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McAfee Prepares for Independence With Major Announcements

McAfee Prepares for Independence from Intel with Product Announcements and New Branding

Following recent product annoucements from Sophos and Symantec, Intel Security is the latest of the 1st generation endpoint security firms to transition to next gen status with the announcement of machine learning malware detection. With Intel Security, however, a raft of additional product releases makes it clear that 'McAfee' is being set up for its transition back to an independent company under the McAfee name with new branding via new 'McAfee by Intel" logo.

New McAfee LogoIntel Security's Wednesday announcement includes no less than 10 new product releases that feature organically developed capabilities. Noticeably, these include a high number of current advanced buzz-word approaches to security: machine learning; integration, automation and orchestration; CASB; threat intelligence sharing; and APT and zero-day threat prevention. 

The McAfee name has had a ping-pong history but demonstrates remarkable resilience. It started life in 1987 as McAfee Associates, named after its founder John McAfee. In 1992 it merged with other companies to become Network Associates. It 2004 it restructured and became known as McAfee again. In 2010 it was bought by Intel and became first McAfee Security and then, in 2014, Intel Security. On September 7, 2016, Christopher Young, SVP and general manager of Intel Security, announced: "we are creating a new corporate entity, to be named McAfee."

The new announcements are clearly timed with the new emerging McAfee. Intel hasn't put it so bluntly, but Young told SecurityWeek, "The enhanced integrated architecture announced today delivers on the strategy we outlined at last year's FOCUS to simplify the threat defense lifecycle and innovate. Delivering on our strategy will continue to guide us as we transition to a new independent McAfee. These new offerings are the foundation for our future and will continue to be built upon as we move forward."

The new products combine to provide Intel Security's unified defense architecture, enabled by four key integrated systems. These are Dynamic Endpoint; Pervasive Data Protection; Data Center and Cloud Defense; and Intelligent Security Operations. 

The Dynamic Endpoint includes infection isolation by monitoring and intercepting post-malicious process actions; and machine learning analysis able to detect zero-day malware "in near real-time". Integration of the endpoint and the web gateway "prevents over 97% of zero-day malware before reaching the endpoint"; and 'real-time advanced threat protection' allows admins to access threat context in real-time during investigations.

Intel Security's Pervasive Data Protection extends security outside of the traditional perimeter to enable cloud-driven business. The approach taken is to unify SaaS, CASB, DLP and encryption to offer what McAfee calls "the industry's broadest solution across endpoints, networks and cloud-based services all centrally managed." The Cloud Application Governance application "features Cloud Access Security Broker (CASB) technology", and is currently available as a beta. How well this will measure against Gartner's four pillars of a CASB (visibility, threat protection, compliance and data security) remains to be seen.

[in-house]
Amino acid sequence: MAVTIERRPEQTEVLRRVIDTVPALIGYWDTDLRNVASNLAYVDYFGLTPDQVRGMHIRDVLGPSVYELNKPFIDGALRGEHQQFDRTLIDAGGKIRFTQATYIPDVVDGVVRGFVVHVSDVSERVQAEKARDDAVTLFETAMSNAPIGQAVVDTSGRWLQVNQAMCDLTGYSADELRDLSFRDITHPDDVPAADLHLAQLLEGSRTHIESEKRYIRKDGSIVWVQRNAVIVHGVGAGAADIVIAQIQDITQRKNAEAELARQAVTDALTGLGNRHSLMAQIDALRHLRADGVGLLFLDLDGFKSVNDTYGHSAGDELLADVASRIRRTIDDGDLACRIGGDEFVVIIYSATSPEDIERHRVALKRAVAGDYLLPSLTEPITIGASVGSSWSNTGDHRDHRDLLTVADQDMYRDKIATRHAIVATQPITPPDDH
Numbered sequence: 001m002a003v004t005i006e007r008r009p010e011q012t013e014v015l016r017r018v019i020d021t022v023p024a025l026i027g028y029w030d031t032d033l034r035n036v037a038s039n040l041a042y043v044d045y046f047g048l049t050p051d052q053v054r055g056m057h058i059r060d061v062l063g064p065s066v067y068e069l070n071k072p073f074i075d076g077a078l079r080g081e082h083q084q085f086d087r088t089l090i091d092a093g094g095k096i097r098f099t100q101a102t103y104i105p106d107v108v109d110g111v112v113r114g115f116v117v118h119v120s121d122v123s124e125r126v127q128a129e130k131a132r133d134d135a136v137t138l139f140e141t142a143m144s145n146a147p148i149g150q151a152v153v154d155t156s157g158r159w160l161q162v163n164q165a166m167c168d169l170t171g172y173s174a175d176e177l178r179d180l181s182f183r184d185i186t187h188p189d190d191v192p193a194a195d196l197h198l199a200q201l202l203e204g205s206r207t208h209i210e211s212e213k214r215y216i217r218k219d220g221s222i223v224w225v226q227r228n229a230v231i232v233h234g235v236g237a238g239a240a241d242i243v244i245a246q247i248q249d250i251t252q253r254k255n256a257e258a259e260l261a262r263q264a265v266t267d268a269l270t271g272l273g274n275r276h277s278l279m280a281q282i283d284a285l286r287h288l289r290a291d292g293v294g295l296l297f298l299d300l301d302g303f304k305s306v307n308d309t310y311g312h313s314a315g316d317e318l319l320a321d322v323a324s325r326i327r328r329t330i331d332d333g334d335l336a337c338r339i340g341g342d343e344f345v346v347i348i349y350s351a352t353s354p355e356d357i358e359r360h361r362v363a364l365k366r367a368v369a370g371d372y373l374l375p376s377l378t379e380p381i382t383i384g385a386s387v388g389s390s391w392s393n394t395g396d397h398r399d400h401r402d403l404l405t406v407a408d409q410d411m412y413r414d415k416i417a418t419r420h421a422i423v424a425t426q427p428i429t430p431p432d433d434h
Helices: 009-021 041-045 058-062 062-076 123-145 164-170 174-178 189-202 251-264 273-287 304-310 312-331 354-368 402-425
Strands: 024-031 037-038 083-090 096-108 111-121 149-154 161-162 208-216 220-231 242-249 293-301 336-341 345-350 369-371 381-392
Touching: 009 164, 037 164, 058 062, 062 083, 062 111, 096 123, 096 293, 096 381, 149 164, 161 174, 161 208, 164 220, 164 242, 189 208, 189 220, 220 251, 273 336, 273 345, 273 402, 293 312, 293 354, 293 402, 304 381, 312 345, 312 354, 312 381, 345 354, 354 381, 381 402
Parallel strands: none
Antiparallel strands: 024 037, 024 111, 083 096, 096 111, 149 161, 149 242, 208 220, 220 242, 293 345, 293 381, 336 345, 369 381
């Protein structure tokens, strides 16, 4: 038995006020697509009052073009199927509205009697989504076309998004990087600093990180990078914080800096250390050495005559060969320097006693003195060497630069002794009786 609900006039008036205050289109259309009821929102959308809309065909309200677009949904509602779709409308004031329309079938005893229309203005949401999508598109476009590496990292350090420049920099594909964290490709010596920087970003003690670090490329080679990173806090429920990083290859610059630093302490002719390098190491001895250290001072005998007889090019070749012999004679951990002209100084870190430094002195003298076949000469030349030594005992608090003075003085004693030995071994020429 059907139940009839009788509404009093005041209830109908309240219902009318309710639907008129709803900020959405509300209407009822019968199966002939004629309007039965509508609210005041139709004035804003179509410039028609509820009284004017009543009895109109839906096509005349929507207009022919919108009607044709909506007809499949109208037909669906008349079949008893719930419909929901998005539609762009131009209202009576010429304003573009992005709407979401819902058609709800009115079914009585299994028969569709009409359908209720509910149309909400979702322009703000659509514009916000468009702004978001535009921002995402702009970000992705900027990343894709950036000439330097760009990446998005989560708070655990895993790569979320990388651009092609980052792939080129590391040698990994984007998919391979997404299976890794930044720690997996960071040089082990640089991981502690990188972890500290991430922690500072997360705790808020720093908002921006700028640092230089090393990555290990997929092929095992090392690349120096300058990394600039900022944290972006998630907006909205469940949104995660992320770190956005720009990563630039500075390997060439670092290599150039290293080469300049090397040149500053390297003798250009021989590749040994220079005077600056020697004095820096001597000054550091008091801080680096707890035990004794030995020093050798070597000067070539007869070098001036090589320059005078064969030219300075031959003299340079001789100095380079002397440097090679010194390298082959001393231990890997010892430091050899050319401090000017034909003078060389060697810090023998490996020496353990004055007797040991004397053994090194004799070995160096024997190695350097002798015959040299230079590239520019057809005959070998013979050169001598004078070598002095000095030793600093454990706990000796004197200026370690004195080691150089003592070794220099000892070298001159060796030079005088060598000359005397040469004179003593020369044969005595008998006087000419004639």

The integrated Data Center and Cloud Defense system comprises Cloud Workload Discovery; threat intelligence sharing and unification; and integration and orchestration. The first provides deep visibility across public and private clouds. The second shares threat detection intelligence across the data center to allow corrective actions. The third enables "orchestration of security efficiently and more easily."

The Intelligent Security Operations system comprises abilities for malware detection; improved visibility and investigation; and incident response services. The intention, says Intel Security, is together with the other services to provide "a closed loop threat defense lifecycle framework that makes it easy to integrate, monitor and orchestrate security solutions."

The final part of Intel Security's announcement is the beta release of an SDK for the McAfee Data Exchange Layer (DXL). McAfee itself has a long association with open source software, and has now declared its intention to open source DXL with a new OpenDXL initiative. DXL is McAfee's connection fabric provid8ing a secure, real-time method of uniting data and actions across multiple applications from multiple vendors, as well as internally developed applications. 

In a separate blog post, Barbara Kay, Intel Security's senior director of strategic marketing, explained, "The SDK enables a unified model for integrating software vendors' best ideas with in-house developed and legacy systems to turn an unwieldy, unsustainable set of tools and data sets into a system that functions in real time and is easier to build, test, and maintain consistently. It reduces the error, disruption, and change that create vulnerability up front and over the business' life."

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Kevin Townsend is a Senior Contributor at SecurityWeek. He has been writing about high tech issues since before the birth of Microsoft. For the last 15 years he has specialized in information security; and has had many thousands of articles published in dozens of different magazines – from The Times and the Financial Times to current and long-gone computer magazines.